Intracranial pressure monitoring in patients with severe head injury

T. G. Saul, T. B. Ducker

Research output: Contribution to journalArticlepeer-review

Abstract

Increased intracranial pressure (ICP) has an adverse effect on the clinical course of patients with severe head injuries. Direct intracranial measurement is the only method of knowing the precise ICP. At the Maryland Institute for Emergency Medical Services Systems, elevations in ICP are treated according to an aggressive protocol. Our experience with this protocol has led to the following conclusions: 1) ICPs above 25 mm Hg are associated with an unacceptable mortality, 2) aggressive medical treatment of patients with an ICP of 16 mm Hg can decrease the number of patients whose ICPs reach 25 mm Hg, and 3) the overall mortality of severe head injury can be reduced with such a protocol. ICP monitoring can be a valuable parameter in the management of severe head injury. With continuous accurate readings of ICP, sound therapeutic decisions can be made about the patient's care that, ultimately, can effect the patient's survival.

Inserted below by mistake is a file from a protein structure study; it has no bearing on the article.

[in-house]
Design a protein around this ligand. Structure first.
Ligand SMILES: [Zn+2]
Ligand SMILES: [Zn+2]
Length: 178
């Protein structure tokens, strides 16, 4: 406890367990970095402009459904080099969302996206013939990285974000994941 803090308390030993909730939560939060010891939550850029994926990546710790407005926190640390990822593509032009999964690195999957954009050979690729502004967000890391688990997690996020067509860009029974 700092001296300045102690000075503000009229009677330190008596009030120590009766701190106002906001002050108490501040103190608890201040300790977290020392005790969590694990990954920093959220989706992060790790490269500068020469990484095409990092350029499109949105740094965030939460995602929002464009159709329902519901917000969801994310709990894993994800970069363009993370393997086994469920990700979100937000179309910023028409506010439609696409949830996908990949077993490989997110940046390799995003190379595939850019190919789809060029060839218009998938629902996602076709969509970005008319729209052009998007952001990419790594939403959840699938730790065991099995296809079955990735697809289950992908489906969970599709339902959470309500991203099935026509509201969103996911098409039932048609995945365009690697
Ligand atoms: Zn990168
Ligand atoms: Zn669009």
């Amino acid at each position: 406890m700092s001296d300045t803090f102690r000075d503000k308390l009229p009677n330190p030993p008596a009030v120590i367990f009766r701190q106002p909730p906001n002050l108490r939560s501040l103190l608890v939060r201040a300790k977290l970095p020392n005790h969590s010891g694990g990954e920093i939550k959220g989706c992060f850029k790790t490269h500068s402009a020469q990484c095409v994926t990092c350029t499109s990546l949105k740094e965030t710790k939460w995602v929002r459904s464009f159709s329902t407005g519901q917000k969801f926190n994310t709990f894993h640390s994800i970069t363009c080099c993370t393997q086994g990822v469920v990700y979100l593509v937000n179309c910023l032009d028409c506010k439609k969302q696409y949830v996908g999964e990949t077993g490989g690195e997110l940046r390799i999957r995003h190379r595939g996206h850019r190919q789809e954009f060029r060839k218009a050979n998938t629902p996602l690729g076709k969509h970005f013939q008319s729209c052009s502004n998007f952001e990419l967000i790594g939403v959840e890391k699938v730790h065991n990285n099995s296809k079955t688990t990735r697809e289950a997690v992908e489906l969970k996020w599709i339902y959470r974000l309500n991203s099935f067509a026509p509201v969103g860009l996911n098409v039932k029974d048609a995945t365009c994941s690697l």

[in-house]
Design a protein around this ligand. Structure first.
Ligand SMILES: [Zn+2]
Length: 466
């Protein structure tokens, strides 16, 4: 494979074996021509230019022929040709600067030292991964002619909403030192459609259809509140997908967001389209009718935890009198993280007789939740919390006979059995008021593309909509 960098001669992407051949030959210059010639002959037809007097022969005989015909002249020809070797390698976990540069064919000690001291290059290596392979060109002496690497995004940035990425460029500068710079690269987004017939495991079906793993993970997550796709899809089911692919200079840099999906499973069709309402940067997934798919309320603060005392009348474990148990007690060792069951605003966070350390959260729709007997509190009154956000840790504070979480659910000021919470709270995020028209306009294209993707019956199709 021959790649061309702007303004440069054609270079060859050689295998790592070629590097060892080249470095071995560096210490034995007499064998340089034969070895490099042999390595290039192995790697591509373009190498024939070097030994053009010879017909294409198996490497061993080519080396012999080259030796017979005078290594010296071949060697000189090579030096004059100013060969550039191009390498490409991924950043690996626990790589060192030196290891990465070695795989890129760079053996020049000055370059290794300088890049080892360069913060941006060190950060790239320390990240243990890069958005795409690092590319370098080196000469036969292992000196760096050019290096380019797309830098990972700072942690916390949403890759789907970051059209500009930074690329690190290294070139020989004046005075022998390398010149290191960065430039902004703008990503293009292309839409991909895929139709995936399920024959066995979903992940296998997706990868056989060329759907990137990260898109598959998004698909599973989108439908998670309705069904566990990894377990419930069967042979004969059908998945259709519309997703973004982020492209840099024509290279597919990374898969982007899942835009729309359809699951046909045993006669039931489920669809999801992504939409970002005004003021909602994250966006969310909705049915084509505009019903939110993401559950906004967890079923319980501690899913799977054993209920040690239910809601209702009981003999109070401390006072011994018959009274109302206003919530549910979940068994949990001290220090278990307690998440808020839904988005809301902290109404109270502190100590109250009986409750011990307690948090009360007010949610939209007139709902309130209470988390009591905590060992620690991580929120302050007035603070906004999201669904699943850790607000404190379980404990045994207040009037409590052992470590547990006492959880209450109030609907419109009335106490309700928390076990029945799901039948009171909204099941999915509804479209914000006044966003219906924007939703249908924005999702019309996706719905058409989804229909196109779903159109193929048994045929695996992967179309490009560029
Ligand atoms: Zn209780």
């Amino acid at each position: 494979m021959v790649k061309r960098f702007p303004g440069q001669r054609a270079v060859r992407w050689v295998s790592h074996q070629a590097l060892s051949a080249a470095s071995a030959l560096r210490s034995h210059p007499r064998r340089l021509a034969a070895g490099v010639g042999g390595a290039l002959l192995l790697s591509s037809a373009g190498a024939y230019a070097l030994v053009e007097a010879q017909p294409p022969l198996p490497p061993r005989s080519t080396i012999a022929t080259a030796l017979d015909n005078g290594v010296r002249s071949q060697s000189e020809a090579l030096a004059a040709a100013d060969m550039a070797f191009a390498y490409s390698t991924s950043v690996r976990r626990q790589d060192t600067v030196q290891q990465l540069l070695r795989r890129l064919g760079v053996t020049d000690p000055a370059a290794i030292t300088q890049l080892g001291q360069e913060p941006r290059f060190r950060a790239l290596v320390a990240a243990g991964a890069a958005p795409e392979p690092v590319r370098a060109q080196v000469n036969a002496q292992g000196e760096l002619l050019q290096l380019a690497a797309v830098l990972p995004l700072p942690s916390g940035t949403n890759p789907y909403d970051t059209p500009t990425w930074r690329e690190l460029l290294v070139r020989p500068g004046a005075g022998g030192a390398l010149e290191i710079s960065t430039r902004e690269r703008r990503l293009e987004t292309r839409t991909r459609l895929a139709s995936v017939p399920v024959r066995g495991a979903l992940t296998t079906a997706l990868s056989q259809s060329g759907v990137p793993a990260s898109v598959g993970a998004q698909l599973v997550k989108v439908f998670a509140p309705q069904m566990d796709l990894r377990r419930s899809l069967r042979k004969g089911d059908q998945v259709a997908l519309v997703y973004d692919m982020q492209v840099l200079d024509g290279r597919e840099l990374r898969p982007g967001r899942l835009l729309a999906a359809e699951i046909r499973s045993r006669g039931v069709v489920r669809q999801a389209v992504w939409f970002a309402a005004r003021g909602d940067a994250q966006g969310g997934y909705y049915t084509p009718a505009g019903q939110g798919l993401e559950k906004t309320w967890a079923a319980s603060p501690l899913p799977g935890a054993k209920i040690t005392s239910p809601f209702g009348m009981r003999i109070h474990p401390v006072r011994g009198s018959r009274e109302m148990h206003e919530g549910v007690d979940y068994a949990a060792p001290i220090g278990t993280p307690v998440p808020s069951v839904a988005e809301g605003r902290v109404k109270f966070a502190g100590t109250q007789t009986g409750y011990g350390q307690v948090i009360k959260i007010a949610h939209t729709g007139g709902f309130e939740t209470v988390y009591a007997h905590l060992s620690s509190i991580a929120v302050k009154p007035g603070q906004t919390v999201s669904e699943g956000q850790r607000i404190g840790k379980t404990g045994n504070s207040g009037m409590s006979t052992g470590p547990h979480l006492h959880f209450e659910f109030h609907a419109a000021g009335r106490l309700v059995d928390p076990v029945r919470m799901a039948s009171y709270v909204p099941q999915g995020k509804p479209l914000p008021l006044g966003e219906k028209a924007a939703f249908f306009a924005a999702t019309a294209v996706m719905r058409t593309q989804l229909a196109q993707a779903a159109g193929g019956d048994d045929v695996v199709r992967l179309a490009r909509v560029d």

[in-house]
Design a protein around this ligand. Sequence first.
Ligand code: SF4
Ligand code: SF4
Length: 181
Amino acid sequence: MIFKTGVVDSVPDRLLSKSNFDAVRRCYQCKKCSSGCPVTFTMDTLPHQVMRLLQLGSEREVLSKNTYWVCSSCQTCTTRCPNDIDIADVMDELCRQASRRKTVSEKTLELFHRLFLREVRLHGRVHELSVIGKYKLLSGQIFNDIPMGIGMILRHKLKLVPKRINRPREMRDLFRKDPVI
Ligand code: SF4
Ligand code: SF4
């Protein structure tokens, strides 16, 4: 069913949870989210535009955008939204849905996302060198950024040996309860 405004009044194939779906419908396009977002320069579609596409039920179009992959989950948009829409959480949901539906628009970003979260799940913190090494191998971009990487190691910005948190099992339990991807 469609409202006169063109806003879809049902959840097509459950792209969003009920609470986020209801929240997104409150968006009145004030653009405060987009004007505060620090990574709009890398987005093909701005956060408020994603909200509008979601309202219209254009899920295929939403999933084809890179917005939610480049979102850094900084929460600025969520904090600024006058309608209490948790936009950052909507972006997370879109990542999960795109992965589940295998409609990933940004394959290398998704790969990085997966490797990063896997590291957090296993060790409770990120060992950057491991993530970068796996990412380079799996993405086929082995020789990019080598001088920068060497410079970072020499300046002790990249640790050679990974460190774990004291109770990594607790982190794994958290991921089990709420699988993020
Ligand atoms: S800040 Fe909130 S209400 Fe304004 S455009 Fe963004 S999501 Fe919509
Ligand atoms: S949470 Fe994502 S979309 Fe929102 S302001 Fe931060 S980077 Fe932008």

Original languageEnglish (US)
Pages (from-to)477-480
Number of pages4
JournalAmerican Surgeon
Volume48
Issue number9
StatePublished - Jan 1 1982

ASJC Scopus subject areas

  • Surgery

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